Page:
Cells are highly complex systems that often exhibit multi-physics responses under external stimulus. To achieve holistic cellular characterizations, it is essential to create interfaces that can provide (1) single-cell resolution, (2) multi-modality interfacing with cells, (3) real-time two-way communication (sensing and actuation), (4) compatibility with high throughput massively parallel operations, and (5) possibility of production at commercial quantities. The nanometer-scale complementary metal-oxide semiconductor (CMOS) process is a potential candidate to realize cell-microelectronics interfaces. Electronics-based computations and signal processing, such as machine learning methods, may drastically relax the requirement on the physical interface and lead to further pixel miniaturization.
In this talk, we will present several fully integrated multi-modality CMOS cellular joint sensor/actuator arrays with multiple sensing modalities in every array pixel to characterize different cell physiological responses, including extracellular voltage recording, cellular impedance mapping, optical detection with shadow imaging and bioluminescence sensing, and thermal monitoring. Each pixel also contains electrical voltage/current excitation for cellular stimulation. These reported CMOS cellular joint sensor/actuator arrays is composed up-to 22k multi-modality pixels on each chip with spatial resolution down to 17um*17um/pixel, achieving single-cell resolution. Multi-modality cellular sensing at the pixel level is supported, which enables holistic cell characterization and concurrent joint-modality physiological monitoring on the same cellular sample. Comprehensive biological experiments with different living cell samples demonstrate the functionality.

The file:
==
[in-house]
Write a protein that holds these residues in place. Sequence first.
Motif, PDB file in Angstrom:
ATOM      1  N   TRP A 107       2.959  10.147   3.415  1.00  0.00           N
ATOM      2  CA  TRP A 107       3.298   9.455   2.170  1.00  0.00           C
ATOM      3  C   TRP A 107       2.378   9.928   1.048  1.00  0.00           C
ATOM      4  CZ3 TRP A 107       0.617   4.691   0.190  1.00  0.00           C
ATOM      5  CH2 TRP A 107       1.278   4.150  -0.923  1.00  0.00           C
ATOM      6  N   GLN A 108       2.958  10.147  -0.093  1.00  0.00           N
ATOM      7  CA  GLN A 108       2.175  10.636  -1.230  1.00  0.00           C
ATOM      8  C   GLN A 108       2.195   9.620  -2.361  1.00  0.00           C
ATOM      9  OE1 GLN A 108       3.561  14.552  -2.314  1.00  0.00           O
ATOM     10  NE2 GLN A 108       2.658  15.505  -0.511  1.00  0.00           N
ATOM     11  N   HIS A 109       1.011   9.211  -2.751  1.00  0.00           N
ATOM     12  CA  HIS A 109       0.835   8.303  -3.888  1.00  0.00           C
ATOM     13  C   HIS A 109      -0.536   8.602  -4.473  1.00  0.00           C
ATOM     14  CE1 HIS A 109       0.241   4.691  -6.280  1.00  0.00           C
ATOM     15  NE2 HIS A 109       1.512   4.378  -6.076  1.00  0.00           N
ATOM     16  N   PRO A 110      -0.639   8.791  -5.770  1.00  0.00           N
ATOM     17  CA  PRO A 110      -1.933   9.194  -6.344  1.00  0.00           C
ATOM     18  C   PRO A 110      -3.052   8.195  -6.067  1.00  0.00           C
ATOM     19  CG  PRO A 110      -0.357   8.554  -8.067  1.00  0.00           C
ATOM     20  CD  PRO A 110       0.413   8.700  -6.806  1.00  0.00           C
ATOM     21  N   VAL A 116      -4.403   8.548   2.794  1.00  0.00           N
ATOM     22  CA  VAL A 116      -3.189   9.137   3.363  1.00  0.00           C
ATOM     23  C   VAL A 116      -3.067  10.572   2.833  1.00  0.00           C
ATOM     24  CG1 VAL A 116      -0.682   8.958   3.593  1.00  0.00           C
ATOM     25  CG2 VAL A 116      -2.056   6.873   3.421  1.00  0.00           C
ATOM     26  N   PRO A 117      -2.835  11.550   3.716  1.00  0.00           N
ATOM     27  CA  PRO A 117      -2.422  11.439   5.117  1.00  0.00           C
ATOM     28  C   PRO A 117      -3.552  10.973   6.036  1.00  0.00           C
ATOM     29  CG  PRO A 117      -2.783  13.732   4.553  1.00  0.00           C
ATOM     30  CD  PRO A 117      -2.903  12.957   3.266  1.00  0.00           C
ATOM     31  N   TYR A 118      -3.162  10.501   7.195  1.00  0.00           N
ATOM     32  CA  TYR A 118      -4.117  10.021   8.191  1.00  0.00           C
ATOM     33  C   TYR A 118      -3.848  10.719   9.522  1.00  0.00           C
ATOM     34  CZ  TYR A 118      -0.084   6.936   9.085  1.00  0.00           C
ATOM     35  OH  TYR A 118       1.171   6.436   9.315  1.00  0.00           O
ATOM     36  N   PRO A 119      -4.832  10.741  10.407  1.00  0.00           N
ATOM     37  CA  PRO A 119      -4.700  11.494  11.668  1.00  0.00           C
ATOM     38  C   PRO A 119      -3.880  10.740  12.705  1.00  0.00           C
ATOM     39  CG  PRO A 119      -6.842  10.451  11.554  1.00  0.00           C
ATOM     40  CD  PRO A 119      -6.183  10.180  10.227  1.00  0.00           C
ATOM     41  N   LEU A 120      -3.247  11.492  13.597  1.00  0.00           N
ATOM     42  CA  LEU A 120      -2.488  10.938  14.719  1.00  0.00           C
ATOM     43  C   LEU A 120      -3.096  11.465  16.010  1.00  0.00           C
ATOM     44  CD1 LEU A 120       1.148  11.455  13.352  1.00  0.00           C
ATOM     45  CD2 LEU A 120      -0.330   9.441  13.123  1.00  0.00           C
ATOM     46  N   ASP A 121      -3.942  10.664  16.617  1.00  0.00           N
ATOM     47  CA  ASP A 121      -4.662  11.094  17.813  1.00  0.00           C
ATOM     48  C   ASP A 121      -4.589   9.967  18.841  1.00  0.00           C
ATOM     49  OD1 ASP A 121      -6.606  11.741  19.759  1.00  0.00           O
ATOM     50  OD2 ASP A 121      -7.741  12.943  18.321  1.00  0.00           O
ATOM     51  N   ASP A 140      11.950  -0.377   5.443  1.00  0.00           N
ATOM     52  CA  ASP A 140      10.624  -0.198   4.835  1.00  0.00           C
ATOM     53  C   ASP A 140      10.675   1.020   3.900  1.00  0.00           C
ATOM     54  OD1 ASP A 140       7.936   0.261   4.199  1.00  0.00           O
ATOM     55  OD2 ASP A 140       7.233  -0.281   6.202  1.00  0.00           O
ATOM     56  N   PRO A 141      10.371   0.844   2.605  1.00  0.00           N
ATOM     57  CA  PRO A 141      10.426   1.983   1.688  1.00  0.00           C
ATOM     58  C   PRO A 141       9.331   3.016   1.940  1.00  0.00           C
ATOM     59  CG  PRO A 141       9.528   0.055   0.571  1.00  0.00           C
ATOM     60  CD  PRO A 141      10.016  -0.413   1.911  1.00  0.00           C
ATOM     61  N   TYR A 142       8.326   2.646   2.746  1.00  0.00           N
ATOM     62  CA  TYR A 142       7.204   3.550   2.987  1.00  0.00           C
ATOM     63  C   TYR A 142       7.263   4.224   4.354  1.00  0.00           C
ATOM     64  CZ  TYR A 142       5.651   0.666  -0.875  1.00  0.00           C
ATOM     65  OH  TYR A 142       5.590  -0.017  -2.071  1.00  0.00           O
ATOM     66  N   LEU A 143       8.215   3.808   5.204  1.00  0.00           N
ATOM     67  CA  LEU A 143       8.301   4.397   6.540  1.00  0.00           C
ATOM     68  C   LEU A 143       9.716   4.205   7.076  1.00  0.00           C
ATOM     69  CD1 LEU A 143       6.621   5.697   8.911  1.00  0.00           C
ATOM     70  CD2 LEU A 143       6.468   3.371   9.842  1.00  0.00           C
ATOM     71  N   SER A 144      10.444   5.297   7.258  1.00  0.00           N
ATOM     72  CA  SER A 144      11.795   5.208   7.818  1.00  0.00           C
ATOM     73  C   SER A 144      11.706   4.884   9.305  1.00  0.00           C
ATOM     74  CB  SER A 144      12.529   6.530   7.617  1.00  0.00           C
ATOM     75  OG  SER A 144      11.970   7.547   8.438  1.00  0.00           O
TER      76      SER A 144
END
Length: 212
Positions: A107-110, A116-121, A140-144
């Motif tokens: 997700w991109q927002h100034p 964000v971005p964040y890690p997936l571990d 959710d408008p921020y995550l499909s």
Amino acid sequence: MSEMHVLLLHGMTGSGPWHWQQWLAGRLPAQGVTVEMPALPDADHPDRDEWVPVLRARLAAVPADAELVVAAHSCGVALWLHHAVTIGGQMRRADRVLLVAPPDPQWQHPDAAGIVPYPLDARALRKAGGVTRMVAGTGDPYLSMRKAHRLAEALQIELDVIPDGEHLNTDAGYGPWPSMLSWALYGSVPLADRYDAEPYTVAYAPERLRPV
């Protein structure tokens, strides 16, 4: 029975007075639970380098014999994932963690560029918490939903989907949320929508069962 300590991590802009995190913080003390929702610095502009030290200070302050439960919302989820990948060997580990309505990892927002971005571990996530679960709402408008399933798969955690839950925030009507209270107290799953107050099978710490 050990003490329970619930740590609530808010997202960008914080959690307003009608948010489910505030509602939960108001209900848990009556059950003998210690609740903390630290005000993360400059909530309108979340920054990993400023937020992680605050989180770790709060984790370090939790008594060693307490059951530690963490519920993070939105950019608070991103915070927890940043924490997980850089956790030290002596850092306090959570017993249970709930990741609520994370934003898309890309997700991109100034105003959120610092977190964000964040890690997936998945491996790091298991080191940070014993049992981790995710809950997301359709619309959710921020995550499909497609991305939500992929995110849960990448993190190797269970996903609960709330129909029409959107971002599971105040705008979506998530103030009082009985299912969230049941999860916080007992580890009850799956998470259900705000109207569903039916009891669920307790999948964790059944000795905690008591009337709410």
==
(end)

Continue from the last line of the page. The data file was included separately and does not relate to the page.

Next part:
Hua Wang received his M.S. and Ph.D. degrees in electrical engineering from the California Institute of Technology, Pasadena, in 2007 and 2009, respectively. He worked at Intel Corporation and Skyworks Solutions before joining the School of Electrical and Computer Engineering at Georgia Institute of Technology as an assistant professor in 2012.
Dr. Wang received the National Science Foundation CAREER Award in 2015, the IEEE MTT-S Outstanding Young Engineer Award in 2017, the Georgia Tech Sigma Xi Young Faculty Award in 2016, the DURIP Award in 2014, the Georgia Tech ECE Outstanding Junior Faculty Member Award in 2015, and the Lockheed Dean's Excellence in Teaching Award in 2015. He currently holds the Demetrius T. Paris Junior Professorship of the School of ECE at Georgia Tech. His research group Georgia Tech Electronics and Micro-System (GEMS) lab has won multiple best paper awards, including the IEEE RFIC Best Student Paper Awards in 2014 (1st Place) and 2016 (2nd Place), the IEEE CICC Best Student Paper Awards in 2015, the 2016 IEEE Microwave Magazine Best Paper Award, the 2016 IEEE SENSORS Best Live Demo Award (2nd Place), as well as multiple best paper award finalists at IEEE conferences.
Dr. Wang is an Associate Editor of the IEEE Microwave and Wireless Components Letters (MWCL). He is a Technical Program Committee (TPC) Member for IEEE International Solid-State Circuits Conference (ISSCC), IEEE Radio Frequency Integrated Circuits Symposium (RFIC), IEEE Custom Integrated Circuits Conference (CICC), IEEE Biopolar/BiCMOS Circuits and Technology Meeting (BCTM), IEEE Sensors Conference, and IEEE Biomedical Circuits and Systems Conference (BioCAS). He is a Steering Committee Member for IEEE RFIC and CICC. He serves as the Chair of the Atlanta's IEEE CAS/SSCS joint chapter, which won the IEEE SSCS Outstanding Chapter Award in 2014.